I just hope ABC can remember the last time they had a similar series this good, and just what killed it. I am referring of course to the mid-80s total classic Moonlighting – one of the best TV shows of all time, period. Bruce Willis took his time becoming a megastar in this vehicle by Doing The Dance with Cybil Shepard, but then the writers decided to move on from the key Moonlighting element of UST (unresolved sexual tension) and introduced Mark Harmon as a series arc guest star astronaut after Cybil. Yeah, I was thrilled along with the rest of the fans when Bruce FINALLY broke down Cybil’s door in both a literal and figurative sense – but the morning after was ugly for the show.

    I say let Nikki Heat smolder for a long, long time so Nathan can become even bigger than Bruce.

    BTW, if you’re going to go non-genre and review Castle, will you PLEASE PLEASE PLEASE extend the same courtesy to Breaking Bad? Season 1 is out on DVD now and Season 2 comes out very soon, before the March 21 Season 3 opener. Bryan Cranston has one not one but TWO best dramatic actor Emmy awards on this show for a VERY good reason. His Walter White character is literally losing his soul while becoming an actual supervillian with his knowledge and misuse of science – that’s a hell of a lot closer the B42 genres than Castle. Besides, in BB Season 2 John De Lance plays the opposite of Q with equal flair – a man with no power to change the reality around him. Stunning guest star role worth watching, hope Donald comes back to meet Walt in the bar once more this season…

    There’s STILL time to catch up and get into Breaking Bad on March 21 from a standing start – watch the six-minute-catchup video at the AMC site. DON’T watch the Ten Top Breaking Bad Moments video if you haven’t seen the series – you don’t want to spoil watching the DVD set, which you’re gonna do once you’re hooked on this show. It’s as addictive as crack…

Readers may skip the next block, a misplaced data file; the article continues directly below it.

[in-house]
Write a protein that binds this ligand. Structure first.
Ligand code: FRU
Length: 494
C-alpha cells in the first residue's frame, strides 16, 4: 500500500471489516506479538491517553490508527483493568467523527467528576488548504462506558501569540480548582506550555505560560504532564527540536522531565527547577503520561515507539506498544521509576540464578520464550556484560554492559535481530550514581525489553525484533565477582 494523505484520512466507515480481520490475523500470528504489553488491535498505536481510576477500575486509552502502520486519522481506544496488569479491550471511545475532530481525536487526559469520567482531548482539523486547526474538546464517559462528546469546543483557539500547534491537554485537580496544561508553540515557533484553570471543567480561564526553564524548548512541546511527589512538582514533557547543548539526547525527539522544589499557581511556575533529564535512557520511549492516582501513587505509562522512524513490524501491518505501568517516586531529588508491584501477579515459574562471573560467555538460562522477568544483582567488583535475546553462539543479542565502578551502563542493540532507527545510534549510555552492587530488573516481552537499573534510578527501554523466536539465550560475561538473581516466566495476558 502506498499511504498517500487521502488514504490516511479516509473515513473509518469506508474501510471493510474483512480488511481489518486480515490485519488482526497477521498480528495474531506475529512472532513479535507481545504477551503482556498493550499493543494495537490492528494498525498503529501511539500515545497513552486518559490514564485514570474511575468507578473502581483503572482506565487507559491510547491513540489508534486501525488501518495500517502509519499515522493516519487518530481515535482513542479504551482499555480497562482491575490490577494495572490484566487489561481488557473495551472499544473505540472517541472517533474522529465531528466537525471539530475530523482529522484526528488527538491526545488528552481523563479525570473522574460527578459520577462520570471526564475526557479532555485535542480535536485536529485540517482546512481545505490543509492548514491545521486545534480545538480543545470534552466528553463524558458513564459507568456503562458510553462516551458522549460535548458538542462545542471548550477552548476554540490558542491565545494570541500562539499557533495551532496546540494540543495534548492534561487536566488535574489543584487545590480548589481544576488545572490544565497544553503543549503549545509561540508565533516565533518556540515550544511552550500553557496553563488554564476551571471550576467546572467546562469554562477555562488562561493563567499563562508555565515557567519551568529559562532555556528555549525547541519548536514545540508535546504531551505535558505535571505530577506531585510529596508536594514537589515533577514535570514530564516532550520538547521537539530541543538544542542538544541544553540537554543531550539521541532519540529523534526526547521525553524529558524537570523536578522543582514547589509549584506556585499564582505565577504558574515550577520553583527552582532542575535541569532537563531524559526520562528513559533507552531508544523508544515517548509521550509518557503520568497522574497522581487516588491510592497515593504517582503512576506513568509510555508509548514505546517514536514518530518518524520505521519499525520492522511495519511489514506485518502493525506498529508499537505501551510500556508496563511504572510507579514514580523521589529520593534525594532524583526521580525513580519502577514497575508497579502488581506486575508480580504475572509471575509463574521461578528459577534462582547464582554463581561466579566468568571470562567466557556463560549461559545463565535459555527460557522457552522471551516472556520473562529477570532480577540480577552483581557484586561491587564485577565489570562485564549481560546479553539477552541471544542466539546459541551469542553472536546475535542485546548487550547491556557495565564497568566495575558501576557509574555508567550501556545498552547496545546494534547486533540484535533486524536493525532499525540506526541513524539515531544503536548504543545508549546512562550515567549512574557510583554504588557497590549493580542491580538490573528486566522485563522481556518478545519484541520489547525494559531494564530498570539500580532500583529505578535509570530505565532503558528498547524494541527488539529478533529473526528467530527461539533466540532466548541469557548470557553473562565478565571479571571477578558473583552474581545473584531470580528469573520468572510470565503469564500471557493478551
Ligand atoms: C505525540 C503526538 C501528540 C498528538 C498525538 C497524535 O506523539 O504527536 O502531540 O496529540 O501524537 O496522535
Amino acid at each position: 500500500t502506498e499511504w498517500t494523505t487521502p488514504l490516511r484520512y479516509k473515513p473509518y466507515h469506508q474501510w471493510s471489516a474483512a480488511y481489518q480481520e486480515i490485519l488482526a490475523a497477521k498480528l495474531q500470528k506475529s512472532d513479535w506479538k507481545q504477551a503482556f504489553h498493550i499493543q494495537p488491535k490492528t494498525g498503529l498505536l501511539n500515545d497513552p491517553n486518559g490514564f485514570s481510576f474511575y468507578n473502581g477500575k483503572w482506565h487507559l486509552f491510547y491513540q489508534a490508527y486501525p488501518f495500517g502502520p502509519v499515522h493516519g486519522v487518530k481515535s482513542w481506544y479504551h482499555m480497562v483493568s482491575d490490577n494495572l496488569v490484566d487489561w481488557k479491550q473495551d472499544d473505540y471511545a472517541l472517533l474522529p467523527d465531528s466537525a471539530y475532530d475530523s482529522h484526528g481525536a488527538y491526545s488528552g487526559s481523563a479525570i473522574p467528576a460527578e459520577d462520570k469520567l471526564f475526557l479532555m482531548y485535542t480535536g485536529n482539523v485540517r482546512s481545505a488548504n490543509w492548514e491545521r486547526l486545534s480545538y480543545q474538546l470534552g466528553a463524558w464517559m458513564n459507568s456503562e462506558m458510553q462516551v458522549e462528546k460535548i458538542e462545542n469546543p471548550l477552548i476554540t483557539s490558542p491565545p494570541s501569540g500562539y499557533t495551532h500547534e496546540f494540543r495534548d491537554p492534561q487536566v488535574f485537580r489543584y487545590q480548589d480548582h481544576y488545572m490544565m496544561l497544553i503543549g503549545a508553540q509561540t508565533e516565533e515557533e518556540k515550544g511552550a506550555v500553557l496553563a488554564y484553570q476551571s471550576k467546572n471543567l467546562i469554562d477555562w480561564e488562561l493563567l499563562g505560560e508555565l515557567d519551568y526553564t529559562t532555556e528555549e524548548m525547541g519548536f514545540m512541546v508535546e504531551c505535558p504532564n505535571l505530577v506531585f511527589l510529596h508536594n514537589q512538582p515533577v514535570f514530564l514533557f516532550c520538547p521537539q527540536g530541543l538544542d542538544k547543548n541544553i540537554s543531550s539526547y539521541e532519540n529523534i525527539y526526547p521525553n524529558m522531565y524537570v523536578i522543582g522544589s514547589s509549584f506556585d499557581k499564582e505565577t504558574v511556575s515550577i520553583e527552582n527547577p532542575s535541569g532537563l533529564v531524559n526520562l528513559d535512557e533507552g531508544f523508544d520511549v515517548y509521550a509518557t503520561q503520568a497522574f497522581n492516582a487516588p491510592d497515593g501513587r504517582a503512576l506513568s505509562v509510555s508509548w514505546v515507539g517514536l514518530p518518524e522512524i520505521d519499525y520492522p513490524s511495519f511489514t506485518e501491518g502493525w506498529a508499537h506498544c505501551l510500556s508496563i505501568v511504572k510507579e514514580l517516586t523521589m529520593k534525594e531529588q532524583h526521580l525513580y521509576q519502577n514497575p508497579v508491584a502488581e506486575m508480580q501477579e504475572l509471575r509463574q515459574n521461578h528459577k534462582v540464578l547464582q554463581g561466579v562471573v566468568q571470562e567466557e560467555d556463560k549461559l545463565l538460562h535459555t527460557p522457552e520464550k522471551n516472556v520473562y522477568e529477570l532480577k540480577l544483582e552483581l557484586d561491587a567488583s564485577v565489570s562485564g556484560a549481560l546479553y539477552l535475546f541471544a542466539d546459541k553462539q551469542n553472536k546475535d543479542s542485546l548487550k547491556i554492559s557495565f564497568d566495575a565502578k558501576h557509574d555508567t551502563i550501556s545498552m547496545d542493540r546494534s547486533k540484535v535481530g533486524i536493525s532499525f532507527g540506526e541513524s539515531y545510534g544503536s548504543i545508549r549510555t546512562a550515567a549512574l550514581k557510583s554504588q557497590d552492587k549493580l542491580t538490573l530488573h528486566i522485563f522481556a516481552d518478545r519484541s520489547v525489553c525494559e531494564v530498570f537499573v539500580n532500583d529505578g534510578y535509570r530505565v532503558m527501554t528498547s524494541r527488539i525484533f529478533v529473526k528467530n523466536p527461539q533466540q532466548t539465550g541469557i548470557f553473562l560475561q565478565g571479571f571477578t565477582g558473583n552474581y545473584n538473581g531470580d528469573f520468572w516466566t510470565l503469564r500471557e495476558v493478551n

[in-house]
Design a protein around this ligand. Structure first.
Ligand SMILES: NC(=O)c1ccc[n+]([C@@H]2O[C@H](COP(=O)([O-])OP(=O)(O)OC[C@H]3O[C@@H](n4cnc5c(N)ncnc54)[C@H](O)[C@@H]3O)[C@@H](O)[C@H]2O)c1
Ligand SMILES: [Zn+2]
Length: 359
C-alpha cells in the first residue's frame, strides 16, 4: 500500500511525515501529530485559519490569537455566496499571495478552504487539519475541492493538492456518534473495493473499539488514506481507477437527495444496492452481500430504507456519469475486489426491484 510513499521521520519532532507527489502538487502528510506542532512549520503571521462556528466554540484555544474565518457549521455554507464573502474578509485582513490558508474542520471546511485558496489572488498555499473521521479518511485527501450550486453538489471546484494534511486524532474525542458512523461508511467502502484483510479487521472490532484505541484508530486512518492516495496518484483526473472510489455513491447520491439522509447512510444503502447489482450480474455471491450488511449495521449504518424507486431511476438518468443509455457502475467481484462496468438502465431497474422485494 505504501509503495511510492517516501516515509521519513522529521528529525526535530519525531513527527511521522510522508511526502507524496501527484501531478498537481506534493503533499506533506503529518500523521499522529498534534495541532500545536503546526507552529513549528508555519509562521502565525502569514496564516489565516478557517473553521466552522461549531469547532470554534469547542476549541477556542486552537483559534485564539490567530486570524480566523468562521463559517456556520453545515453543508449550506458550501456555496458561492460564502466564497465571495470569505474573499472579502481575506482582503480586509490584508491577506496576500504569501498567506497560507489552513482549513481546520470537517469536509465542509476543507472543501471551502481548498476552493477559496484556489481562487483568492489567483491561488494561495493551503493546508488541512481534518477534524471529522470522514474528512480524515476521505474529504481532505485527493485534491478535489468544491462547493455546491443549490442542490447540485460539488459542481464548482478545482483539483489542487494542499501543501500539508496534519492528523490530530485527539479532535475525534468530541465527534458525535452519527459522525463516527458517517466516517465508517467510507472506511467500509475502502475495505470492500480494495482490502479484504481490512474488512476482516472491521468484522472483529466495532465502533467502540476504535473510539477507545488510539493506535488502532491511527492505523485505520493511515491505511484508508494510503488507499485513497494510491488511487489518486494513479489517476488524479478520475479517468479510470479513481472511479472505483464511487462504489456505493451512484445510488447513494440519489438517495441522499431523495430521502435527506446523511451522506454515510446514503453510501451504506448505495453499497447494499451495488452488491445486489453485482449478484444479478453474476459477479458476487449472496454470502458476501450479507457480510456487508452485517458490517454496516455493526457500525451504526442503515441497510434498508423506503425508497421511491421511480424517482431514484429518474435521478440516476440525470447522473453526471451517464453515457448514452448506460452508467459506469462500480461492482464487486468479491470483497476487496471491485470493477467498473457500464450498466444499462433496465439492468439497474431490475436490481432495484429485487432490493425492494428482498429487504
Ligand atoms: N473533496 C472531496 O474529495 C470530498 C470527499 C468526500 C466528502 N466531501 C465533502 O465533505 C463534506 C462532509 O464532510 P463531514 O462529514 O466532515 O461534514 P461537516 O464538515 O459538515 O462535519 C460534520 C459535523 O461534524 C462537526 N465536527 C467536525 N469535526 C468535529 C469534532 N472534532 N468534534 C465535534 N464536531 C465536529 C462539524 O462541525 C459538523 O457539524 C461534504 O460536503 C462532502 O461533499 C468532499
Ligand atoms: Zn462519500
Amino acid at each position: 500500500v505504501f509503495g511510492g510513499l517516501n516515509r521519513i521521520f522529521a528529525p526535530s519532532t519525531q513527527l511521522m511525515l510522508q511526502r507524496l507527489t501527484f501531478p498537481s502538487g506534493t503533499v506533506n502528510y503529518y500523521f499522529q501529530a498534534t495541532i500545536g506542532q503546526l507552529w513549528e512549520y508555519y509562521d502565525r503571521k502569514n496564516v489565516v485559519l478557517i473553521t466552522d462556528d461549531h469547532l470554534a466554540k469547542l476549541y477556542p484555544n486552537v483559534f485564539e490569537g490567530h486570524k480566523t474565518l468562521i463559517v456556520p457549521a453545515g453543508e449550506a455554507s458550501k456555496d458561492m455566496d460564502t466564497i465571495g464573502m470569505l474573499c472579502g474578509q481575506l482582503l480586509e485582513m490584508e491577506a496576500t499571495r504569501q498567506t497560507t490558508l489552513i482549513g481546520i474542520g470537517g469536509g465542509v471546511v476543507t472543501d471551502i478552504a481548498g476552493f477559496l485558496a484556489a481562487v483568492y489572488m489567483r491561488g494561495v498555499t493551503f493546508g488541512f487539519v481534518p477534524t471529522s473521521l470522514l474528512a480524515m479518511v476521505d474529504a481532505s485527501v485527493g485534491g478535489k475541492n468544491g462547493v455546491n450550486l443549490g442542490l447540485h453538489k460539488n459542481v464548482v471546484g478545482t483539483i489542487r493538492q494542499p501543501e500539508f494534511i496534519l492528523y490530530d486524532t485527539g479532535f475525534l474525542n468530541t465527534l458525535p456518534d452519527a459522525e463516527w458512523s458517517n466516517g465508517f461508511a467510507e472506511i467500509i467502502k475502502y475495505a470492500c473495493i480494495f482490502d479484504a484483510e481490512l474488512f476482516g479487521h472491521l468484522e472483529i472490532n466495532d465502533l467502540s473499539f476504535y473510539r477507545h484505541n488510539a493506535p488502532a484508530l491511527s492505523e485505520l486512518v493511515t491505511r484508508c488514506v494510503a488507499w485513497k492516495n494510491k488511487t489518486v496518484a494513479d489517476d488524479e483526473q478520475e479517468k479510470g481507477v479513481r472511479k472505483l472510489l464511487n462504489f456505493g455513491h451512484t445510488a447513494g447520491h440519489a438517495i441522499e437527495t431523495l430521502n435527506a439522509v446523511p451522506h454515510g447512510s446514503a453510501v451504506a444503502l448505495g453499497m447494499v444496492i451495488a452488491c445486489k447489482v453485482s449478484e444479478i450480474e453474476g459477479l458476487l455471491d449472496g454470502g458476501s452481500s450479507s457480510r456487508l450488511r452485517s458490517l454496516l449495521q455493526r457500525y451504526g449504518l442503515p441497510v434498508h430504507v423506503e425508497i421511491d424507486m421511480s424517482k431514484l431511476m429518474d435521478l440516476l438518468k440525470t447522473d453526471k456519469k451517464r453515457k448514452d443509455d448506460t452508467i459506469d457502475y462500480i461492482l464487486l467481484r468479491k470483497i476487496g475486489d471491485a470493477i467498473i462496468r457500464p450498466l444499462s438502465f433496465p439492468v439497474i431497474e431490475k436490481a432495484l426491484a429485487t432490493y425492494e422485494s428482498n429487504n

And if we’re going to start reviewing non-genre just because the show has a popular sci-fi star as lead, how about leaving the estrogen express behind and reviewing the excellent Men Of A Certain Age with Captain Jonathan Archer himself, Scott Bakula? This show is EXCELLENT. Not a fantasy at all, but a whimsical view of what it really means to be a man when you’re far enough along in life for your dreams to have faded and reality to have taken a life of its own. To (mis)quote Sting, It’s gonna happen to you just like it happened to me, my fellow B42ers, might as well take a look….

  2. Hey, regarding characters, its not true to suggest this is the only one. Something like “The Mentalist” clearly has one hell of a character as the lead and doesn’t really care that much about the procedural (and its generally better cast that the people reading lines on castle)

    • Except that the premise of The Mentalist was mostly a rip-off of Psych, which was already mentioned as a USA show with a good lead character. :-)

      Now if you want to mention a network show with a good lead character that was left out, how about Charlie Crews on Life, formerly on NBC. Sadly, it was canceled far too early.